Our description of the alcoholic, the chapter to the agnostic, and our personal adventures before and after make clear three pertinent ideas: 

(a) That we were alcoholic and could not manage our own lives. 

(b) That probably no human power could have relieved our alcoholism. 

(c) That God could and would if He were sought. 

Reprinted from pages 58-60 in the book Alcoholics Anonymous. Copyright © by Alcoholics Anonymous World Services, Inc. 1939, 1955, 1976, 2001. 


If we are painstaking about this phase of our development, we will be amazed before we are halfway through. We are going to know a new freedom and a new happiness. We will not regret the past, nor wish to shut the door on it. We will comprehend the word serenity, and we will know peace. No matter how far down the scale we have gone, we will see how our experience can benefit others. That feeling of uselessness and self-pity will disappear. We will lose interest in selfish things and gain interest in our fellows. Self-seeking will slip away. Our whole attitude and outlook upon life will change. Fear of people and of economic insecurity will leave us. We will intuitively know how to handle situations which used to baffle us. We will suddenly realize that God is doing for us what we could not do for ourselves. Are these extravagant promises? We think not. They are being fulfilled among us -- Sometimes quickly, sometimes slowly. They will always materialize if we work for them.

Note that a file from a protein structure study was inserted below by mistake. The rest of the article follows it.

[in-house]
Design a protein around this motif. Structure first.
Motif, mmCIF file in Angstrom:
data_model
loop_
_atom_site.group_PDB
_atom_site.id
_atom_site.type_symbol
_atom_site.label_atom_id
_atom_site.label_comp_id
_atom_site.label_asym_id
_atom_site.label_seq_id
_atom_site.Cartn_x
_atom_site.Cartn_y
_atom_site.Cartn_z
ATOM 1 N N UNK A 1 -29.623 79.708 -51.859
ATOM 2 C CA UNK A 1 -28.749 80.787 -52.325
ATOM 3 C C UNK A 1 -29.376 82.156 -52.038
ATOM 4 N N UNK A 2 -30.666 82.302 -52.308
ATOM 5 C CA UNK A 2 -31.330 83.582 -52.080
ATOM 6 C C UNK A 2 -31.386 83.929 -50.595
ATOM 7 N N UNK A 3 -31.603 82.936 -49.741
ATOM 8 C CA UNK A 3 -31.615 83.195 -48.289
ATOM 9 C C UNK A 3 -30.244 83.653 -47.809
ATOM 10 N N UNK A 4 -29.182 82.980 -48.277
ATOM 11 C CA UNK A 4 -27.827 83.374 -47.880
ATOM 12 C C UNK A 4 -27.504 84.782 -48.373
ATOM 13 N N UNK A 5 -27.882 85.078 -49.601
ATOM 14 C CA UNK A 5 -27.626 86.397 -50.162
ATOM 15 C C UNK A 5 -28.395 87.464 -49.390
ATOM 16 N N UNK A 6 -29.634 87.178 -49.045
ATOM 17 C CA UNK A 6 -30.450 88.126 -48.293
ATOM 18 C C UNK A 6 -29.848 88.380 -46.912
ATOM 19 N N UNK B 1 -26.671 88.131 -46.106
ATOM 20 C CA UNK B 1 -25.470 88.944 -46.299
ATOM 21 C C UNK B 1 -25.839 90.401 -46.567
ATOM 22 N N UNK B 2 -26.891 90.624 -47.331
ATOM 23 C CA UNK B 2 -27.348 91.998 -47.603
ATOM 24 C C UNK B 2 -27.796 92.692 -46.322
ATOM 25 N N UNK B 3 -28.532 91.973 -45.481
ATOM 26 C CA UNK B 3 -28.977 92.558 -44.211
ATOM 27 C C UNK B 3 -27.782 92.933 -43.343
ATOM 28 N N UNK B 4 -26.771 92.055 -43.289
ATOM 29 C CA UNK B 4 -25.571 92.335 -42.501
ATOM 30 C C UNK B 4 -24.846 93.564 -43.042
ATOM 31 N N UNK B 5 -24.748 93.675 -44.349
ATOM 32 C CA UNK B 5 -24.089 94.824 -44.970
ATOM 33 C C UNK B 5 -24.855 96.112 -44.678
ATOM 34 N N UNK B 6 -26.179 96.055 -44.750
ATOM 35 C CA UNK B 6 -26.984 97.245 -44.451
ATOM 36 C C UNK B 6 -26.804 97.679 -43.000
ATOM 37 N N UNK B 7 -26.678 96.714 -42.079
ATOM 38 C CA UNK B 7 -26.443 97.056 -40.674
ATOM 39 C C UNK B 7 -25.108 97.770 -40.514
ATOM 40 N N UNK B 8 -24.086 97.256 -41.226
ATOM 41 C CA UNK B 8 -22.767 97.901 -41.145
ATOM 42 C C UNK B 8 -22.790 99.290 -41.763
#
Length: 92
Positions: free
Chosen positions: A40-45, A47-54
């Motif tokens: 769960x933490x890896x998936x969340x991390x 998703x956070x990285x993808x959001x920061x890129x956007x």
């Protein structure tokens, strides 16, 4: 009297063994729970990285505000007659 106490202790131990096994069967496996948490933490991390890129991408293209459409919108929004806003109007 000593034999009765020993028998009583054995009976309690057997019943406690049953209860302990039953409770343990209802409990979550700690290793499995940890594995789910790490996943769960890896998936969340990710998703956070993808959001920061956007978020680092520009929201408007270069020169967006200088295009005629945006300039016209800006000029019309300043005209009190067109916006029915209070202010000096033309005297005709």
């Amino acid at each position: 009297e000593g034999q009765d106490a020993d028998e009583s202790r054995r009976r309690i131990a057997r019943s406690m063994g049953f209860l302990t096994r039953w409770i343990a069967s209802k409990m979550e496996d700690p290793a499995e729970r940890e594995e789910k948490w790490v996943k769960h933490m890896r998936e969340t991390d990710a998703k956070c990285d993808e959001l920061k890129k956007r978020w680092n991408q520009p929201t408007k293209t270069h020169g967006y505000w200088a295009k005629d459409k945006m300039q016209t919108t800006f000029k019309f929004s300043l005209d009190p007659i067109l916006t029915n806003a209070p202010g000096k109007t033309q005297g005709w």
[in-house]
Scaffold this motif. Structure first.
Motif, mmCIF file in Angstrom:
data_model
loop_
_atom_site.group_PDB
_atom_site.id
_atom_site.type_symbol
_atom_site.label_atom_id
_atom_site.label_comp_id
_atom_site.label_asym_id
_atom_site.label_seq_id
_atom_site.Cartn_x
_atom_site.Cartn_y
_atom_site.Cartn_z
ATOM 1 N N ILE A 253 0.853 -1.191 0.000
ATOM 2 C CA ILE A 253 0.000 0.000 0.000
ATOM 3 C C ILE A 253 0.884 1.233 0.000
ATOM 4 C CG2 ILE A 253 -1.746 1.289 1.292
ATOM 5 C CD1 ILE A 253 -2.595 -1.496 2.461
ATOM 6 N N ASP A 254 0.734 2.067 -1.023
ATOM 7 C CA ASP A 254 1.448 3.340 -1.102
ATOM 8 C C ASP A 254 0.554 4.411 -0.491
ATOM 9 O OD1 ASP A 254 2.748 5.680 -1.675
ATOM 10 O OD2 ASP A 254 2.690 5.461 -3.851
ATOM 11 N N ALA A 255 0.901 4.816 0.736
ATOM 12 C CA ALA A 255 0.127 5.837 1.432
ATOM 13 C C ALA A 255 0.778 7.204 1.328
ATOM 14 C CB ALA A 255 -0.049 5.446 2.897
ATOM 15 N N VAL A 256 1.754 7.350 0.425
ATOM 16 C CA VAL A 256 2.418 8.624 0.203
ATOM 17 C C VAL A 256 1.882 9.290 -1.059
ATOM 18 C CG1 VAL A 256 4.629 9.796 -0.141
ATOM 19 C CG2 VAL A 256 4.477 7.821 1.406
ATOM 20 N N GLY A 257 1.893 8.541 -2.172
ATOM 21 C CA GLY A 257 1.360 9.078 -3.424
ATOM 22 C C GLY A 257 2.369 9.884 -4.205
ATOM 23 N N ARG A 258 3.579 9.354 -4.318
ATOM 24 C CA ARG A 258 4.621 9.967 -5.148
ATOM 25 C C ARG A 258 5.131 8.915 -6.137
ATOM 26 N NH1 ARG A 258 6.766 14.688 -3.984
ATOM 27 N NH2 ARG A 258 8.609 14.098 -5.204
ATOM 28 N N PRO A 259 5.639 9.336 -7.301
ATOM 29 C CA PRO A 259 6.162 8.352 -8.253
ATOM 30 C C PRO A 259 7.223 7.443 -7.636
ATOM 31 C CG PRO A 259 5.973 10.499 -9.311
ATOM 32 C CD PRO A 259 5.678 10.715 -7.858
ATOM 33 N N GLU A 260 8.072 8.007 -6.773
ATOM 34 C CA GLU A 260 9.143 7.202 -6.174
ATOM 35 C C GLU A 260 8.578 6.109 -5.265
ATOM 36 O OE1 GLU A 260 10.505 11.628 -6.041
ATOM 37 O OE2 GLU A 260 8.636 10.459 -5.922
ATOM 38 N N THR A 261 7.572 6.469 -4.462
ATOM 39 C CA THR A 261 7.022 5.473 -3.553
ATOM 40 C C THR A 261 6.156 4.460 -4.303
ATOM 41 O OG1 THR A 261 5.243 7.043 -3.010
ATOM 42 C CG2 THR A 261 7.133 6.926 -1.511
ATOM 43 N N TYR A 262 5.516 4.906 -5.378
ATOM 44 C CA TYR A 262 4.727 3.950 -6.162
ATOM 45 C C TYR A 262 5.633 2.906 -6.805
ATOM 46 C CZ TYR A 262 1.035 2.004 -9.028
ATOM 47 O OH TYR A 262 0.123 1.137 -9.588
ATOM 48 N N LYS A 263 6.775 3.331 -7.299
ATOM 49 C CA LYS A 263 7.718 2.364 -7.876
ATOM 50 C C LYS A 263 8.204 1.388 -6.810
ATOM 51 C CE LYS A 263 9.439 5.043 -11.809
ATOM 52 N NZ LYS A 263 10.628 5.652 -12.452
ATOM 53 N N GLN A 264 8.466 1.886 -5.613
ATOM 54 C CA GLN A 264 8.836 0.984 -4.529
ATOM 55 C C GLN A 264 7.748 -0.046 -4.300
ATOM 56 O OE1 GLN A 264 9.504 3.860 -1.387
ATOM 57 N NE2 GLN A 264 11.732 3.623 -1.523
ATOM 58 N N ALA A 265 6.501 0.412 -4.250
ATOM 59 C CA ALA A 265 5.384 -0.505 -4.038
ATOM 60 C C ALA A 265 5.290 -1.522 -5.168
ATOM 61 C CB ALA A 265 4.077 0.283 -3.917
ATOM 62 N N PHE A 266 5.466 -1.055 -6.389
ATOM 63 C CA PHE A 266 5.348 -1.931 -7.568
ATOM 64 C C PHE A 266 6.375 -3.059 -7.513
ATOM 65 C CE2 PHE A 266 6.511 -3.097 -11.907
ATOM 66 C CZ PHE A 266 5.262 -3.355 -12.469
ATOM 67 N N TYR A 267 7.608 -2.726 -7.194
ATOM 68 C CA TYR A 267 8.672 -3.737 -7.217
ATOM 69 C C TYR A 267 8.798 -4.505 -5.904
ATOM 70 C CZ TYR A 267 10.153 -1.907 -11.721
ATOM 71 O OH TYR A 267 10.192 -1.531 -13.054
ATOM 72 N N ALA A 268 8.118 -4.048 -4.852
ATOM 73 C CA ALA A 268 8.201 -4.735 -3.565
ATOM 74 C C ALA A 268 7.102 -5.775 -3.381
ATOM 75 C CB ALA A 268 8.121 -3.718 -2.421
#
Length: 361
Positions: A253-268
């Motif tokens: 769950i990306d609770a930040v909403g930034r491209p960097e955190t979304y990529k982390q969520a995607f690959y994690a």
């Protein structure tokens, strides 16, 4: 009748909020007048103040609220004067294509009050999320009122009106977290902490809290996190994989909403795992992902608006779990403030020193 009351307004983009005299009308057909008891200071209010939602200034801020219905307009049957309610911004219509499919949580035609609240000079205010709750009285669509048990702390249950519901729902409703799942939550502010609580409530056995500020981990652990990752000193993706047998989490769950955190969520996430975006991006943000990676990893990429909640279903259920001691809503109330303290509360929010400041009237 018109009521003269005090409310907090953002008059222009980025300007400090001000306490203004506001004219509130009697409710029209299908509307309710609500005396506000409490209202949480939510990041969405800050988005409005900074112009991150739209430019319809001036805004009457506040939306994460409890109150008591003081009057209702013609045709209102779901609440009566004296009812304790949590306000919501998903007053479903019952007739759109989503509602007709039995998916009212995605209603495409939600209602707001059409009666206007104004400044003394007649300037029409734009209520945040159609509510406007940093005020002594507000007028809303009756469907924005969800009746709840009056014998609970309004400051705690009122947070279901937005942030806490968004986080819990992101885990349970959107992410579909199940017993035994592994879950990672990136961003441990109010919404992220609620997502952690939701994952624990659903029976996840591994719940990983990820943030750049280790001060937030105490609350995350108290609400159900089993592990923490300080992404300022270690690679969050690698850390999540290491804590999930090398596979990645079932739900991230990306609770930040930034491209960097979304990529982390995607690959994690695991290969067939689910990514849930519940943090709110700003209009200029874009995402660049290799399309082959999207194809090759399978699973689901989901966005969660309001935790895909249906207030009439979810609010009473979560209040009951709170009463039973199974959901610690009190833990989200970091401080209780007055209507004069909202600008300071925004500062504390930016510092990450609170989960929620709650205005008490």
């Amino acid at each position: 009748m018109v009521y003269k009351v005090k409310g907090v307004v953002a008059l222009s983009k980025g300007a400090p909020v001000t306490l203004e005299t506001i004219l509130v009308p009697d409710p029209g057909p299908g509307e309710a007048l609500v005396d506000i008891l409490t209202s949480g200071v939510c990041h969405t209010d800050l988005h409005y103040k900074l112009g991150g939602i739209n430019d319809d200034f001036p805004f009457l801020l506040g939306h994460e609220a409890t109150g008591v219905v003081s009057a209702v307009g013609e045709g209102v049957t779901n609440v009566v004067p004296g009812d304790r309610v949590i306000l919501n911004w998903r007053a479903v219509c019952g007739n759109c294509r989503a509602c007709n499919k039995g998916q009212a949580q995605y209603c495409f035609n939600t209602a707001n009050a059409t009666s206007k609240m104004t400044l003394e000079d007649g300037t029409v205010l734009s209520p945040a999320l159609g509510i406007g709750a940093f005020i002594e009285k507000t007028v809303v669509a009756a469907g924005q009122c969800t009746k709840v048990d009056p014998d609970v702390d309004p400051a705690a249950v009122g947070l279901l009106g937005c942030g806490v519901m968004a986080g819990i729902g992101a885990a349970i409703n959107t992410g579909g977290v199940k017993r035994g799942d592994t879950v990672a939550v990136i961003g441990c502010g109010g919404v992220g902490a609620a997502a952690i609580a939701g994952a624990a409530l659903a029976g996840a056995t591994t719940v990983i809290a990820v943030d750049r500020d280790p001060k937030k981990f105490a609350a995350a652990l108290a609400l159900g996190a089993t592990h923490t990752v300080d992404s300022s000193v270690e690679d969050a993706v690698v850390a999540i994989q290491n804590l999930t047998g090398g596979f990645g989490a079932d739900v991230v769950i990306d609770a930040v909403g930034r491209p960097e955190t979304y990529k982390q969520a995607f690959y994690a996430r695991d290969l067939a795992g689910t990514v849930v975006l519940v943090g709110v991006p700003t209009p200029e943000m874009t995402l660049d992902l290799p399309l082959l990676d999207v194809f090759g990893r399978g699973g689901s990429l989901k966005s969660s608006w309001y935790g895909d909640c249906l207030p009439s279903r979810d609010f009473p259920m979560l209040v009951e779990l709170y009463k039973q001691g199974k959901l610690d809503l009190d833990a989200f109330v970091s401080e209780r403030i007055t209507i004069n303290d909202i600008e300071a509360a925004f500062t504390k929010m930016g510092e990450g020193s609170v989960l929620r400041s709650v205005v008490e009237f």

Reprinted from pages 72-88 in the book Alcoholics Anonymous. Copyright © by Alcoholics Anonymous World Services, Inc. 1939, 1955, 1976, 2001. 


With respect to the 7th Tradition, Intergroup and NBW both need our support. New But West accepts contributions through Venmo @NBWTradition7 - enter the digits 1751 to confirm for your first time contribution - and Intergroup accepts contributions on their website. https://www.nyintergroup.org/shop/contributions/

You may also make credit and debit contributions on our website, newbutwest.com or .org.


(Chairs, please be sure to copy and paste, as opposed to cut and paste, thank you.)


12 AND 12: https://www.aa.org/pages/en_US/twelve-steps-and-twelve-traditions

BIG BOOK: https://www.aa.org/pages/en_US/alcoholics-anonymous

© 2020 NewButWest

133 West 46th Street, 2nd & 3rd Floors, 

(Between 6th & 7th Avenues) New York, ny 10036